In Jerusalem, the Israeli forces under Major-General Uzi Narkiss had thwarted Jordanian efforts to take the city. Motta Gur’s fifty-fifth brigade, which had initially been intended for the Egyptian front but was not needed, was called back to Jerusalem. Its task was to break through the area in the northern part of the city at Sheikh Jarrah, the Police School, and Ammunition Hill. These operations involved some of the most costly and difficult fighting of the war. The Jordanian forces were well entrenched and fought fiercely.
Rabbi Goren rushed back to Jerusalem. He stopped at the home of his father-in-law, the nazir, in order to borrow a shofar to replace his own that had been burned when his command car was hit in Gaza. Then he went to the Rockefeller Museum in East Jerusalem and the just-established command post of Mordechai Gur. There Rabbi Goren urged Mordechai Gur to keep his old promise of liberating the holy places and begin moving the troops toward the Old City. But Gur firmly resisted all persuasion, and would not go forward without a direct command from the General Staff.
According to the Israeli Army Encyclopedia (volume 16), the next morning Rabbi Goren was fearful that the historical opportunity to capture the Old City and establish Jewish control there for the first time in 2,000 years would be missed. He telephoned Dr. Yaakov Herzog, the director-general of the prime minister’s office, and urged him to convince Prime Minister Eshkol, before the Cabinet meeting about to be convened that morning, to give the order to take the city. Herzog said he would do this.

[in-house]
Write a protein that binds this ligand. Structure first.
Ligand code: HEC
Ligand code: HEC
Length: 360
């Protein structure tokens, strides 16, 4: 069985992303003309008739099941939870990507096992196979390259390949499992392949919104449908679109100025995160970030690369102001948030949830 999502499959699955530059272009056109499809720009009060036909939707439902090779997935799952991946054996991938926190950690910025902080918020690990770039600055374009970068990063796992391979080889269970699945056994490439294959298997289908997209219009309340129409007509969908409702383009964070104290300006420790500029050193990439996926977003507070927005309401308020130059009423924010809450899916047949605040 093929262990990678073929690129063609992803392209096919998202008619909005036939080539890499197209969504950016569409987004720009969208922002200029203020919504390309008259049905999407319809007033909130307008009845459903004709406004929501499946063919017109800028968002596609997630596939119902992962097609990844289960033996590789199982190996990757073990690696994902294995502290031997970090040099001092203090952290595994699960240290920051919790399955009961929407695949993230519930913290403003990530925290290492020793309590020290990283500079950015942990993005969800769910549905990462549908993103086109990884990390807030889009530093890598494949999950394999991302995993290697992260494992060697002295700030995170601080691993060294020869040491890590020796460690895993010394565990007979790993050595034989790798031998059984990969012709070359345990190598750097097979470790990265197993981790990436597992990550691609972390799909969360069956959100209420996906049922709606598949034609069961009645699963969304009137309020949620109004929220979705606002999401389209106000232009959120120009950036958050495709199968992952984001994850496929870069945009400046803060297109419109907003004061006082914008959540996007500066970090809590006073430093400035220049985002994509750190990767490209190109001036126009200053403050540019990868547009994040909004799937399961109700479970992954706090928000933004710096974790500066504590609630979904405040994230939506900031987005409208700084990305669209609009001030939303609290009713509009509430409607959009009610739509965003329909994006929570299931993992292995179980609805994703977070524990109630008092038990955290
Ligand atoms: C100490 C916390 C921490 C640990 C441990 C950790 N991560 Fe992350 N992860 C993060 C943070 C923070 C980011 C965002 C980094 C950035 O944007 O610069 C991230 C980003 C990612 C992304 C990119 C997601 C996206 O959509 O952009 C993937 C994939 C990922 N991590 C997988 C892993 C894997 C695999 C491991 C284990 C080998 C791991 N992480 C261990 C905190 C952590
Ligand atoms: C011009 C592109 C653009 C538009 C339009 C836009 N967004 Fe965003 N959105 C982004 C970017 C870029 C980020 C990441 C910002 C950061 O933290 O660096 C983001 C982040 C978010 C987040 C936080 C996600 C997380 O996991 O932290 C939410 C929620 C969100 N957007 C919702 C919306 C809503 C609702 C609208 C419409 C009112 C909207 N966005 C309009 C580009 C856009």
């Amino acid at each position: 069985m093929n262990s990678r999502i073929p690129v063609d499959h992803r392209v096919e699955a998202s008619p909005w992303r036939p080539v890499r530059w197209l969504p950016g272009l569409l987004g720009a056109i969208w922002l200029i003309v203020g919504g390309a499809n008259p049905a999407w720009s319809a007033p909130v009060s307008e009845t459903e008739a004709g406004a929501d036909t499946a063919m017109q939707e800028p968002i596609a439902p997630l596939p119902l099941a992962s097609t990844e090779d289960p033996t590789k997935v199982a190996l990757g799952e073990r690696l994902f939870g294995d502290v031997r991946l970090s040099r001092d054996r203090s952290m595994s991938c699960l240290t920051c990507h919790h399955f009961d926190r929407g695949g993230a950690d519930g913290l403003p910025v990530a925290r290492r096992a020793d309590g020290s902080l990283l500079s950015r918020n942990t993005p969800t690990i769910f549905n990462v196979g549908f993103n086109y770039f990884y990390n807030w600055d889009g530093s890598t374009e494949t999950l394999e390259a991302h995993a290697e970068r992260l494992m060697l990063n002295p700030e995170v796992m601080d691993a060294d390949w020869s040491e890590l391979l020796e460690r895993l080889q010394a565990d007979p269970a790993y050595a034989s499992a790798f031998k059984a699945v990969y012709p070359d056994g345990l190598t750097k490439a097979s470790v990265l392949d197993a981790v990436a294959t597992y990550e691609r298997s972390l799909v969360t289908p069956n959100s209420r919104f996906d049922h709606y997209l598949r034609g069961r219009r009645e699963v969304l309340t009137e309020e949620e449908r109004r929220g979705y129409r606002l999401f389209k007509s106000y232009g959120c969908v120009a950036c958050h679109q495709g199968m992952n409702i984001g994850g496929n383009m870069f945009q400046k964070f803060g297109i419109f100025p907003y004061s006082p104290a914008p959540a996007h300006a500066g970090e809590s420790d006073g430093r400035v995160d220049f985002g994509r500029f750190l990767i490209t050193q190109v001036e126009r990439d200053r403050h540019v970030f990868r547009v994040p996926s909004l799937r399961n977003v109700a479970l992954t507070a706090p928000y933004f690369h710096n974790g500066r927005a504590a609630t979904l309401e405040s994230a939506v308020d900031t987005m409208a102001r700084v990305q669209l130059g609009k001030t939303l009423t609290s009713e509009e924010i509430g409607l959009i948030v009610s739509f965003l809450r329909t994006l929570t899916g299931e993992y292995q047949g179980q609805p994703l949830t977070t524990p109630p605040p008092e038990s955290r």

On the following morning, the 28th of Iyar, June 7, 1967, the order to take the city was given. Rabbi Goren, who had barely slept for three days and three nights, was with the troops that moved toward the Lions Gate (St. Stephens Gate). He began the race from the Rockefeller Museum. The orders were to remain close to the walls because of the enemy fire. He had with him the sefer Torah that he took with him everywhere. This was a sefer Torah that had been dedicated in the name of Baruch Asher Shapira who had been killed in the War of Independence. Rabbi Goren ran with shofar and sefer Torah in hand in the direction of the Lions Gate in the Old City. When criticized after the war for unnecessarily endangering himself, Rabbi Goren told reporter Haggai Huberman that he ran in the middle of the road with the sefer Torah and shofar and knew he would not be hit. He said that his past experience, when he had prayed out on the ramparts of the Suez Canal in face of Egyptian fire, had proven this to him. Rabbi Goren said that in this fantastic race to the Lions Gate he felt as if he was flying to heaven. He believed the demonstration of fearlessness would be of inspiration to the soldiers.